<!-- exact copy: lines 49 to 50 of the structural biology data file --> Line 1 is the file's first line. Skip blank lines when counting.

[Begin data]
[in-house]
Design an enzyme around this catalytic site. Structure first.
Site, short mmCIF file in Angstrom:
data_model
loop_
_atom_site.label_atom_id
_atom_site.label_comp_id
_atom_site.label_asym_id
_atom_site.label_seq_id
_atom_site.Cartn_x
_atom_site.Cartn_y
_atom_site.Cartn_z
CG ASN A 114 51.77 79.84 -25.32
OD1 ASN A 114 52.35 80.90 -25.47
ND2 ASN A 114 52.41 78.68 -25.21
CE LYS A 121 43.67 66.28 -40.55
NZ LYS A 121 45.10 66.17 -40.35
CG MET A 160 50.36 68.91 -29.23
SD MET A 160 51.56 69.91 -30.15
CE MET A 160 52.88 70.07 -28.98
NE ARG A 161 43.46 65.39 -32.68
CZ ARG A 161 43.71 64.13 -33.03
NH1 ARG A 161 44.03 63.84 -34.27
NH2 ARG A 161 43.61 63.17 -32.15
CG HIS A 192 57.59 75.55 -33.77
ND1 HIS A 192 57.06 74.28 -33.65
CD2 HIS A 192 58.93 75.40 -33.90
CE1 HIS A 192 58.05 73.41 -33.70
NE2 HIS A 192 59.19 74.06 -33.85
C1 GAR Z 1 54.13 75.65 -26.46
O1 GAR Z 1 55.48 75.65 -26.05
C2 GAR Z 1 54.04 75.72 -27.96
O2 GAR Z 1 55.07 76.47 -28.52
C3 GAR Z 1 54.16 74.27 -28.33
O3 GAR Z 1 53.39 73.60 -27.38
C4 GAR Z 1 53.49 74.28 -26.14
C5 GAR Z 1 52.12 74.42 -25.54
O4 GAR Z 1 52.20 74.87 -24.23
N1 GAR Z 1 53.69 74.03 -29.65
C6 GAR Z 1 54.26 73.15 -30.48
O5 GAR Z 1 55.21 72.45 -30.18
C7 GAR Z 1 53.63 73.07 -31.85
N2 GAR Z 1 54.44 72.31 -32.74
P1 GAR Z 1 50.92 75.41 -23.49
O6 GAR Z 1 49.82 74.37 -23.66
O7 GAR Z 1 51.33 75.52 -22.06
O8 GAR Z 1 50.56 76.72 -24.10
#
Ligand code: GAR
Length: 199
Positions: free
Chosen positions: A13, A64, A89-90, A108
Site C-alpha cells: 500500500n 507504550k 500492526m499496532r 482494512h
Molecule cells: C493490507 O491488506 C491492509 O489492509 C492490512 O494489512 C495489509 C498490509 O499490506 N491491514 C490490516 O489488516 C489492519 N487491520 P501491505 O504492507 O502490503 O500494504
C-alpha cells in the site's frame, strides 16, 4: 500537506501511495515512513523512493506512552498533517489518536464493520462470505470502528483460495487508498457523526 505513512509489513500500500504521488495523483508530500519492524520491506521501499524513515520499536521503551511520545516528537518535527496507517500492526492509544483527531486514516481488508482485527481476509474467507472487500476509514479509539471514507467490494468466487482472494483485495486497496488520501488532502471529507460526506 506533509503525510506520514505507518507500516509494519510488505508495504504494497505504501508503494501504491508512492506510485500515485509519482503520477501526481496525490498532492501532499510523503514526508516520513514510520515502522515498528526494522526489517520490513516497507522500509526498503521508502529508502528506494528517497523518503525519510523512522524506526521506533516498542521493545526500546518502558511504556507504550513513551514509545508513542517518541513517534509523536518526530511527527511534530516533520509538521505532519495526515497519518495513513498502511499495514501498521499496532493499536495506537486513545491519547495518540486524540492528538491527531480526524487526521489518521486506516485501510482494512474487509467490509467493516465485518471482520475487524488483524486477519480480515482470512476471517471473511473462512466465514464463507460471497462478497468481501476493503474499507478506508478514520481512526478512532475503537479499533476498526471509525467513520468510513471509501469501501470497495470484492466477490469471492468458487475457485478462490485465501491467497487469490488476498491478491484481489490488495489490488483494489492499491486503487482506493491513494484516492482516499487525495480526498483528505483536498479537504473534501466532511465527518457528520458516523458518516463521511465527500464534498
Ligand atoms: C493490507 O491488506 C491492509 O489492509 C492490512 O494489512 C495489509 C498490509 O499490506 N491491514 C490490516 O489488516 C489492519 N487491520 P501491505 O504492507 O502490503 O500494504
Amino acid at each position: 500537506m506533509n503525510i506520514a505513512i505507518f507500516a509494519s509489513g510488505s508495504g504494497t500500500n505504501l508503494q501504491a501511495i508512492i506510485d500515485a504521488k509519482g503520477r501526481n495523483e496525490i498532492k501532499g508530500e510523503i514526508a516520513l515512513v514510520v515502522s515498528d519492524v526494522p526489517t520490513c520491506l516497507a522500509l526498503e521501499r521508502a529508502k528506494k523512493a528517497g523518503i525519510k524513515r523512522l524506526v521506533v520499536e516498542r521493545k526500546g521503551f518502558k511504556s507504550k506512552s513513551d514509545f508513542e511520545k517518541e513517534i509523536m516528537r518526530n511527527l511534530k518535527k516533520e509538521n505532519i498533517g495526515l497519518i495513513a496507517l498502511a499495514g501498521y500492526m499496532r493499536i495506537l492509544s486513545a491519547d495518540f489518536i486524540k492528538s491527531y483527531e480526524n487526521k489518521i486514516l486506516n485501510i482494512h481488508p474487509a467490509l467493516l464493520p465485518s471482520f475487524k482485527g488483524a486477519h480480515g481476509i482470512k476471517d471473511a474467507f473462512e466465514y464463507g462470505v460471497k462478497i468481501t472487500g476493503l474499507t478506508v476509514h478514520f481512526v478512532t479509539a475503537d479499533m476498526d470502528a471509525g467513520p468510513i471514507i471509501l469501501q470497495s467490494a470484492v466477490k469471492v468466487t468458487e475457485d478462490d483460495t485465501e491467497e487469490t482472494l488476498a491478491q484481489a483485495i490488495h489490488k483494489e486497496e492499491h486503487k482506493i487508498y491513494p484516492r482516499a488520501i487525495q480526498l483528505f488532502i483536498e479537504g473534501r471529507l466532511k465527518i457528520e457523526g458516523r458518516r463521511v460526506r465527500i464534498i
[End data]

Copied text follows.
Ligand code: GAR
Length: 199